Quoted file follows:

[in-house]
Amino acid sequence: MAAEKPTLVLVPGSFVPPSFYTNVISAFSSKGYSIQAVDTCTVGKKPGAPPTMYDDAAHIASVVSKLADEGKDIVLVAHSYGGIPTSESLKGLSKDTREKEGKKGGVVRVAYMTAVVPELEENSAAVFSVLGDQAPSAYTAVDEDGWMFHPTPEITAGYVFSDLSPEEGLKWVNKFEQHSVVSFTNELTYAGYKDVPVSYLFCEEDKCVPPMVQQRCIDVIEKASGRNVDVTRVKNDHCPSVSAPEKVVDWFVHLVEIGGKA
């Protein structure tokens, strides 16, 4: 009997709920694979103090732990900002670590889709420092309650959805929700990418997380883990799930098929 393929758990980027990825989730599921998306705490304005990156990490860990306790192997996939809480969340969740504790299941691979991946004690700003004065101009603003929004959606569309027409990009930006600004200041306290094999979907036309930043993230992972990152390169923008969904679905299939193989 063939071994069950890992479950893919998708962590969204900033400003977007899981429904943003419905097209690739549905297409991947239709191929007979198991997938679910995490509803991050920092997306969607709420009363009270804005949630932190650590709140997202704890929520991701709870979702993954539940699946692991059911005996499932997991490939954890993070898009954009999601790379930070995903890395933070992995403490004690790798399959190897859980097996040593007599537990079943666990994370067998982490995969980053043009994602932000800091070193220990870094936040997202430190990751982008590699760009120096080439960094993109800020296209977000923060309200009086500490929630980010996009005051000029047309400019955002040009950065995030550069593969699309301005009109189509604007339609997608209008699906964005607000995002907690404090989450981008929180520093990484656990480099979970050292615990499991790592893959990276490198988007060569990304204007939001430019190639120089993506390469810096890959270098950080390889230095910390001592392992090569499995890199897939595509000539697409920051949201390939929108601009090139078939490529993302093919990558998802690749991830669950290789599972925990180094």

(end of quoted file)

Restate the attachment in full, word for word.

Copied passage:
[in-house]
Amino acid sequence: MAAEKPTLVLVPGSFVPPSFYTNVISAFSSKGYSIQAVDTCTVGKKPGAPPTMYDDAAHIASVVSKLADEGKDIVLVAHSYGGIPTSESLKGLSKDTREKEGKKGGVVRVAYMTAVVPELEENSAAVFSVLGDQAPSAYTAVDEDGWMFHPTPEITAGYVFSDLSPEEGLKWVNKFEQHSVVSFTNELTYAGYKDVPVSYLFCEEDKCVPPMVQQRCIDVIEKASGRNVDVTRVKNDHCPSVSAPEKVVDWFVHLVEIGGKA
């Protein structure tokens, strides 16, 4: 009997709920694979103090732990900002670590889709420092309650959805929700990418997380883990799930098929 393929758990980027990825989730599921998306705490304005990156990490860990306790192997996939809480969340969740504790299941691979991946004690700003004065101009603003929004959606569309027409990009930006600004200041306290094999979907036309930043993230992972990152390169923008969904679905299939193989 063939071994069950890992479950893919998708962590969204900033400003977007899981429904943003419905097209690739549905297409991947239709191929007979198991997938679910995490509803991050920092997306969607709420009363009270804005949630932190650590709140997202704890929520991701709870979702993954539940699946692991059911005996499932997991490939954890993070898009954009999601790379930070995903890395933070992995403490004690790798399959190897859980097996040593007599537990079943666990994370067998982490995969980053043009994602932000800091070193220990870094936040997202430190990751982008590699760009120096080439960094993109800020296209977000923060309200009086500490929630980010996009005051000029047309400019955002040009950065995030550069593969699309301005009109189509604007339609997608209008699906964005607000995002907690404090989450981008929180520093990484656990480099979970050292615990499991790592893959990276490198988007060569990304204007939001430019190639120089993506390469810096890959270098950080390889230095910390001592392992090569499995890199897939595509000539697409920051949201390939929108601009090139078939490529993302093919990558998802690749991830669950290789599972925990180094």